Most soup or stew recipes start with some version of a mirepoix or soffrito: diced onion (always), celery and/or carrot, and garlic. You can cook them using a little oil, but it’s not required. If you don’t use oil, make sure to have a little water or broth at hand, adding a tablespoon or two as you go to prevent burning and sticking. Start with the onion and let it cook for at least 5 minutes, stirring regularly (but not all the time). It will turn golden brown as its sugars caramelize. Yum! If using celery and/or carrot, add next, and cook a little more. If the recipe has other vegetables, you can add them at this stage too, starting with the most robust and dense ones (e.g., diced sweet potato) and ending with the more delicate ones (e.g., broccoli), giving each vegetable a few minutes to cook and caramelize a bit before adding the next one. But if you’re in a rush you can just put them in, give the pot one good stir, and move on.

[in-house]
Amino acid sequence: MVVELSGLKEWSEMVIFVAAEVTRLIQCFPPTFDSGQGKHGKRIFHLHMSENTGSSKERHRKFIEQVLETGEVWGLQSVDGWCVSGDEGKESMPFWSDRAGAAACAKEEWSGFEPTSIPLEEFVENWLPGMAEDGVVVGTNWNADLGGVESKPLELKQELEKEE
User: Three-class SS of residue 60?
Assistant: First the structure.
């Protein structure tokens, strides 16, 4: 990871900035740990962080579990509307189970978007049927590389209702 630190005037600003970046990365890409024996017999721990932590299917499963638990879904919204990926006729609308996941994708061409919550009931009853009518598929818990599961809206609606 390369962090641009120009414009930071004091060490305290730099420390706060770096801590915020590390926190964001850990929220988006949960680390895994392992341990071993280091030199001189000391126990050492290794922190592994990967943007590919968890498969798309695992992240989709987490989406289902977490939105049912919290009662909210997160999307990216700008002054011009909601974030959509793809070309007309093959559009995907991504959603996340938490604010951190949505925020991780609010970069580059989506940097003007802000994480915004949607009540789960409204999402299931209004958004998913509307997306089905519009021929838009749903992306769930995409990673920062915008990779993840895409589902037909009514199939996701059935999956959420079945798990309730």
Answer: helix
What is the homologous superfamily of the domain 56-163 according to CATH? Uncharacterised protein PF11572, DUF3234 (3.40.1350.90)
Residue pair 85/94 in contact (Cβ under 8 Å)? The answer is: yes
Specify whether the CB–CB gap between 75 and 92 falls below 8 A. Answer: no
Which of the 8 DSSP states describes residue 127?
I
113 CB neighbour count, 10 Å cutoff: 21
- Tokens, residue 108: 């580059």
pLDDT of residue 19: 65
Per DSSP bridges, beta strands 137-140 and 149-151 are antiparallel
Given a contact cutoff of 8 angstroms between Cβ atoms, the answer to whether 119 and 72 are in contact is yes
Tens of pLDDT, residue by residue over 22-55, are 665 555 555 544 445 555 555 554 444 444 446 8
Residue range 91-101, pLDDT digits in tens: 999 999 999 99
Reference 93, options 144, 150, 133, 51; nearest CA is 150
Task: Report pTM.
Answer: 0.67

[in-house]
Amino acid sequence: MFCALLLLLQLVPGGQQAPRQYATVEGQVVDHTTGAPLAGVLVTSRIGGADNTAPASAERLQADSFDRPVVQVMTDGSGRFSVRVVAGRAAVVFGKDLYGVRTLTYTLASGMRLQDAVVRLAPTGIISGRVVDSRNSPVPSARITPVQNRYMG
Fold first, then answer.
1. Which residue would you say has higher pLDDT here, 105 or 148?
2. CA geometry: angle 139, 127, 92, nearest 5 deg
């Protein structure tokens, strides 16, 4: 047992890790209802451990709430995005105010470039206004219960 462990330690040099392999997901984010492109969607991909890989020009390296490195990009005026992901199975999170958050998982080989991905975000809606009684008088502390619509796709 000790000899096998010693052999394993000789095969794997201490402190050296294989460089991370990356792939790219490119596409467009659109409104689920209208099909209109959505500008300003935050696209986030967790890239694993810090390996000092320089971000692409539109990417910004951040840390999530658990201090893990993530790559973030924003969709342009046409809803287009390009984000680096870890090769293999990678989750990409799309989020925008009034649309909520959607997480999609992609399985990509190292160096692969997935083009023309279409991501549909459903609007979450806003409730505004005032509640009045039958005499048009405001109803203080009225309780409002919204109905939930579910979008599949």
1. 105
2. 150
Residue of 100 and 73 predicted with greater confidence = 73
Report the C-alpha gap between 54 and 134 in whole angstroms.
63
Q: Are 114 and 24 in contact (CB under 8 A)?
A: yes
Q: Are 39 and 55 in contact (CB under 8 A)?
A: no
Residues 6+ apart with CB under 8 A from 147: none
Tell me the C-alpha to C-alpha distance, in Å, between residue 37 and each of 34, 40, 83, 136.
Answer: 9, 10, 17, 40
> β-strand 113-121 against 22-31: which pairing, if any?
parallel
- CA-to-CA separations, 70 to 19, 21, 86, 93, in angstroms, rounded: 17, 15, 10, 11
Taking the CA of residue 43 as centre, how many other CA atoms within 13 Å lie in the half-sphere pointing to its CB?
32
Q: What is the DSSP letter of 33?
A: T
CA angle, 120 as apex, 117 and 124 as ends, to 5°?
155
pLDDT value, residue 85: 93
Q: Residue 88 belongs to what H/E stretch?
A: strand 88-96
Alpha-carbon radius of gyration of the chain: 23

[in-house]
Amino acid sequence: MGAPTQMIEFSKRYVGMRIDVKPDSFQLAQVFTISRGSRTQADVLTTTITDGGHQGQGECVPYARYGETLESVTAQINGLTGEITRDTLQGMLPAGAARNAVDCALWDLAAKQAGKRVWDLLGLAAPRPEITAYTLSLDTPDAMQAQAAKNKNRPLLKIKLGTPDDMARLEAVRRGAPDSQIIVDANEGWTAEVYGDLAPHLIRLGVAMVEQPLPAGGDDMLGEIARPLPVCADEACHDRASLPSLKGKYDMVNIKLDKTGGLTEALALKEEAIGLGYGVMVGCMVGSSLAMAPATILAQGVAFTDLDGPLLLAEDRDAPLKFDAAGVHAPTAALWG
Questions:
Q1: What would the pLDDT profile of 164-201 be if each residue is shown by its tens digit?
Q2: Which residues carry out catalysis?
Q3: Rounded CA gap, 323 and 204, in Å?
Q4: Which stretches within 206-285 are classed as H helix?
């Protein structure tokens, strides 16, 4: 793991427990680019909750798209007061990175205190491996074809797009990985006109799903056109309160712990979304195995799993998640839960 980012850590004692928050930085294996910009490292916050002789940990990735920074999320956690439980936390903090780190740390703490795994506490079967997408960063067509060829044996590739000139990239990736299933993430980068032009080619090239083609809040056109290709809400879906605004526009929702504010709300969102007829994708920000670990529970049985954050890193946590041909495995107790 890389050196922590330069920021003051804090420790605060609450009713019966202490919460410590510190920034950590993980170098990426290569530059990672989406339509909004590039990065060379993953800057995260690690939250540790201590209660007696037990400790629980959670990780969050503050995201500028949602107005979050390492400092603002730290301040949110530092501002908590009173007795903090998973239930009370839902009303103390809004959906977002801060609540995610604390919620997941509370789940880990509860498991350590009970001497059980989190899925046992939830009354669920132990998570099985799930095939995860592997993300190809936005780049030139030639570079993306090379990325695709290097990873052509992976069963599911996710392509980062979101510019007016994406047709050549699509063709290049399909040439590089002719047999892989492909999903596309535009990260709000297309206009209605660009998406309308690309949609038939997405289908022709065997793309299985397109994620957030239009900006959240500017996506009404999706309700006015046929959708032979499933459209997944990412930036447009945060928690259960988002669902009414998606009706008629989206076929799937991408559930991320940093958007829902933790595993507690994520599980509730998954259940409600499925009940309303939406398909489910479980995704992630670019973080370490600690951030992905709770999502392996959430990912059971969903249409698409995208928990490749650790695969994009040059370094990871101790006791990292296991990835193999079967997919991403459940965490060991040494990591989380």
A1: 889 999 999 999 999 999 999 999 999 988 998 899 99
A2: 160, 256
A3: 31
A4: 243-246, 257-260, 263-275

The last vegetable you should add is garlic. It is very delicate and thus should not be cooked for too long to prevent burning.
Spices and herbs should also be added at this stage. Many will benefit from a brief “toasting” before the other ingredients of your soup or stew are added – but make sure to be prepared to move on quickly. Charred oregano will not add anything to your chili.
To get out of “sauté” mode, you’ll have to hit “cancel.” This will turn off the element so you can prepare for pressure cooking.
You should deglaze your inner pot immediately, while it is still hot.
Deglazing means pouring a small amount (1/4 to 1/2 cup) of cold liquid into your pot and scraping the bottom to detach caramelized bits. Your original stove-top soup or stew recipe likely included broth, vinegar, wine, or juice. Use a little bit of that. (Do NOT use coconut milk for deglazing. Juice from tomatoes is OK to use, too.) When the cold liquid hits the hot pot, it quickly sizzles and steams off, making it easy to scrape off small pieces of food that have may have stuck during the sautéing process. Those golden bits are sweet and flavorful: they belong in your tummy, not in the dishwater.
Deglazing also matters when cooking in the Instant Pot because it “cleans” the bottom of your inner pot, creating an even surface that will conduct heat evenly. If there are too many chunks of burnt food at the bottom of your pot, some of the pot’s safety mechanisms may be triggered and you’ll get an error code.
Bonus: deglazing makes the pot easier to wash.